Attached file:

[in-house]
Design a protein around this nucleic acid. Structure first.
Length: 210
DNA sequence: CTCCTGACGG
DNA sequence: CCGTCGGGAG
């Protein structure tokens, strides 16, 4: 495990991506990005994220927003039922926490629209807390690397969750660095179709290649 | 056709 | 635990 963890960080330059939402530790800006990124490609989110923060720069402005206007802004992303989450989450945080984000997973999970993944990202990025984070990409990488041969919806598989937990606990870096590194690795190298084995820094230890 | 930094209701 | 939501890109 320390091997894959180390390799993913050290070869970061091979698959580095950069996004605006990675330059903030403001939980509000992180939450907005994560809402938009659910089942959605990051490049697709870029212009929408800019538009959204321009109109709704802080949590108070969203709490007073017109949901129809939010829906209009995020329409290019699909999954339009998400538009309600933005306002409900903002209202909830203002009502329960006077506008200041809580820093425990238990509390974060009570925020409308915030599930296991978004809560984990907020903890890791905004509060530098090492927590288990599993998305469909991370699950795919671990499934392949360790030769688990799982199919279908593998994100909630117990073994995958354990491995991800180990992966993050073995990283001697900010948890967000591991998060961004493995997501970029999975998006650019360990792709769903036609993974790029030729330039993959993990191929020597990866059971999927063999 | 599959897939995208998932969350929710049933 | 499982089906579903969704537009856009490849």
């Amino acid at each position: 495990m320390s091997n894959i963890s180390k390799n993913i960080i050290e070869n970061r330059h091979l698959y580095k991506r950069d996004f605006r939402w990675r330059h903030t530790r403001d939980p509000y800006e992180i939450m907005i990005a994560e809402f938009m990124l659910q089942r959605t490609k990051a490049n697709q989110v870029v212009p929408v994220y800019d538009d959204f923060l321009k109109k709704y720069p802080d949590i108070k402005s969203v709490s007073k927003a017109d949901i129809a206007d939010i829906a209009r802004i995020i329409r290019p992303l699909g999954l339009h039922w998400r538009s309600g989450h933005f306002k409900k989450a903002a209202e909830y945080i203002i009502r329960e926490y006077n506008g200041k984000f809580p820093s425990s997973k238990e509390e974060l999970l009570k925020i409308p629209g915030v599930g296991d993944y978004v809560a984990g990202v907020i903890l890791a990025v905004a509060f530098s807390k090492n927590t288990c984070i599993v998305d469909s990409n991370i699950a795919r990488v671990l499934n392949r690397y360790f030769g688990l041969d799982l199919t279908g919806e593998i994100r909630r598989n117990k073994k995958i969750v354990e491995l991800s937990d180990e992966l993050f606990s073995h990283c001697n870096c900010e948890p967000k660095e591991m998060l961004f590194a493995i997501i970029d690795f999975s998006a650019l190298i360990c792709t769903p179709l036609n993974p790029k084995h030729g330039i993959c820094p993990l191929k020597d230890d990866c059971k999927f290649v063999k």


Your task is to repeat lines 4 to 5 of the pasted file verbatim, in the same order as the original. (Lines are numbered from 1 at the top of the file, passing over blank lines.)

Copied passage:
DNA sequence: CTCCTGACGG
DNA sequence: CCGTCGGGAG